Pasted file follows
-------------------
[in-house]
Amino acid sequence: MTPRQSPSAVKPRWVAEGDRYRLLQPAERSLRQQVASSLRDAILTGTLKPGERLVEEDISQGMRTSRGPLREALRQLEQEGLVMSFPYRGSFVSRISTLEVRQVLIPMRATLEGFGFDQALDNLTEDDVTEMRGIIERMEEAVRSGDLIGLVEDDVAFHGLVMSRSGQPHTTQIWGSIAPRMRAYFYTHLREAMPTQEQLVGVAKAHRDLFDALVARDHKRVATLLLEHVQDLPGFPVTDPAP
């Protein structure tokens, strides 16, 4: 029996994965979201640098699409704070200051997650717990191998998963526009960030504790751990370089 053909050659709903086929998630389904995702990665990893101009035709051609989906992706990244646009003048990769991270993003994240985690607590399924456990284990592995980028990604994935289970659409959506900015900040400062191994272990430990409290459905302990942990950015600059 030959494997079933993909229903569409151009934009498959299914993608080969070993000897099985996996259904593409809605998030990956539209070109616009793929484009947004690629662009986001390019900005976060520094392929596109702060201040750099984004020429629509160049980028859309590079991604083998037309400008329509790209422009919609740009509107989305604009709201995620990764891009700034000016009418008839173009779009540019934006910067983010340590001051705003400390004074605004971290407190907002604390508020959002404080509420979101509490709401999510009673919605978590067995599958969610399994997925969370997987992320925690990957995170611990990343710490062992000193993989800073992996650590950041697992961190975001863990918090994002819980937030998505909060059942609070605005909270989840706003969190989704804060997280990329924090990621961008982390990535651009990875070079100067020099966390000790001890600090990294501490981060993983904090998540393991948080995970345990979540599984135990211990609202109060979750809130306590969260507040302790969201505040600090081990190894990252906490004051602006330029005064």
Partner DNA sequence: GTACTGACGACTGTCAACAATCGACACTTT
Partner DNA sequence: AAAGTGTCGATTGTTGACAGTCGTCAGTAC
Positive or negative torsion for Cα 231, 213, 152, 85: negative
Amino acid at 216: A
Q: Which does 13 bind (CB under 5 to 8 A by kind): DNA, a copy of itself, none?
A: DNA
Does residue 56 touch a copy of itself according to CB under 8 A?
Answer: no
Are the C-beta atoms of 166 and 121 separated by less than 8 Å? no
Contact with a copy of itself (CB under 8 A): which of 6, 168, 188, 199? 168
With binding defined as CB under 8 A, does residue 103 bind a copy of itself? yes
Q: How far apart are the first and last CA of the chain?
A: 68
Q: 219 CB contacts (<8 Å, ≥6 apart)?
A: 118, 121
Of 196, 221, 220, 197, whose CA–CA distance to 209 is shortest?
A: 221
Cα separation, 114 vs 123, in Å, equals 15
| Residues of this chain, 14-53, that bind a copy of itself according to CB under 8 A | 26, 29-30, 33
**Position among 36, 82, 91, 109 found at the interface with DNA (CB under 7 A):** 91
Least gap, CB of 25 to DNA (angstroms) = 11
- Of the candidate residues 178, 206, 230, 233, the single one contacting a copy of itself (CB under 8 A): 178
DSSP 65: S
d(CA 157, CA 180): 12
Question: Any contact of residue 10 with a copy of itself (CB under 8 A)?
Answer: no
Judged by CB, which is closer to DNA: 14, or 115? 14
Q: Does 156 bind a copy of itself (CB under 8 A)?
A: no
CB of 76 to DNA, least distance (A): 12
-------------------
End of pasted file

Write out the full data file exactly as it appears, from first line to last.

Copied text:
[in-house]
Amino acid sequence: MTPRQSPSAVKPRWVAEGDRYRLLQPAERSLRQQVASSLRDAILTGTLKPGERLVEEDISQGMRTSRGPLREALRQLEQEGLVMSFPYRGSFVSRISTLEVRQVLIPMRATLEGFGFDQALDNLTEDDVTEMRGIIERMEEAVRSGDLIGLVEDDVAFHGLVMSRSGQPHTTQIWGSIAPRMRAYFYTHLREAMPTQEQLVGVAKAHRDLFDALVARDHKRVATLLLEHVQDLPGFPVTDPAP
């Protein structure tokens, strides 16, 4: 029996994965979201640098699409704070200051997650717990191998998963526009960030504790751990370089 053909050659709903086929998630389904995702990665990893101009035709051609989906992706990244646009003048990769991270993003994240985690607590399924456990284990592995980028990604994935289970659409959506900015900040400062191994272990430990409290459905302990942990950015600059 030959494997079933993909229903569409151009934009498959299914993608080969070993000897099985996996259904593409809605998030990956539209070109616009793929484009947004690629662009986001390019900005976060520094392929596109702060201040750099984004020429629509160049980028859309590079991604083998037309400008329509790209422009919609740009509107989305604009709201995620990764891009700034000016009418008839173009779009540019934006910067983010340590001051705003400390004074605004971290407190907002604390508020959002404080509420979101509490709401999510009673919605978590067995599958969610399994997925969370997987992320925690990957995170611990990343710490062992000193993989800073992996650590950041697992961190975001863990918090994002819980937030998505909060059942609070605005909270989840706003969190989704804060997280990329924090990621961008982390990535651009990875070079100067020099966390000790001890600090990294501490981060993983904090998540393991948080995970345990979540599984135990211990609202109060979750809130306590969260507040302790969201505040600090081990190894990252906490004051602006330029005064």
Partner DNA sequence: GTACTGACGACTGTCAACAATCGACACTTT
Partner DNA sequence: AAAGTGTCGATTGTTGACAGTCGTCAGTAC
Positive or negative torsion for Cα 231, 213, 152, 85: negative
Amino acid at 216: A
Q: Which does 13 bind (CB under 5 to 8 A by kind): DNA, a copy of itself, none?
A: DNA
Does residue 56 touch a copy of itself according to CB under 8 A?
Answer: no
Are the C-beta atoms of 166 and 121 separated by less than 8 Å? no
Contact with a copy of itself (CB under 8 A): which of 6, 168, 188, 199? 168
With binding defined as CB under 8 A, does residue 103 bind a copy of itself? yes
Q: How far apart are the first and last CA of the chain?
A: 68
Q: 219 CB contacts (<8 Å, ≥6 apart)?
A: 118, 121
Of 196, 221, 220, 197, whose CA–CA distance to 209 is shortest?
A: 221
Cα separation, 114 vs 123, in Å, equals 15
| Residues of this chain, 14-53, that bind a copy of itself according to CB under 8 A | 26, 29-30, 33
**Position among 36, 82, 91, 109 found at the interface with DNA (CB under 7 A):** 91
Least gap, CB of 25 to DNA (angstroms) = 11
- Of the candidate residues 178, 206, 230, 233, the single one contacting a copy of itself (CB under 8 A): 178
DSSP 65: S
d(CA 157, CA 180): 12
Question: Any contact of residue 10 with a copy of itself (CB under 8 A)?
Answer: no
Judged by CB, which is closer to DNA: 14, or 115? 14
Q: Does 156 bind a copy of itself (CB under 8 A)?
A: no
CB of 76 to DNA, least distance (A): 12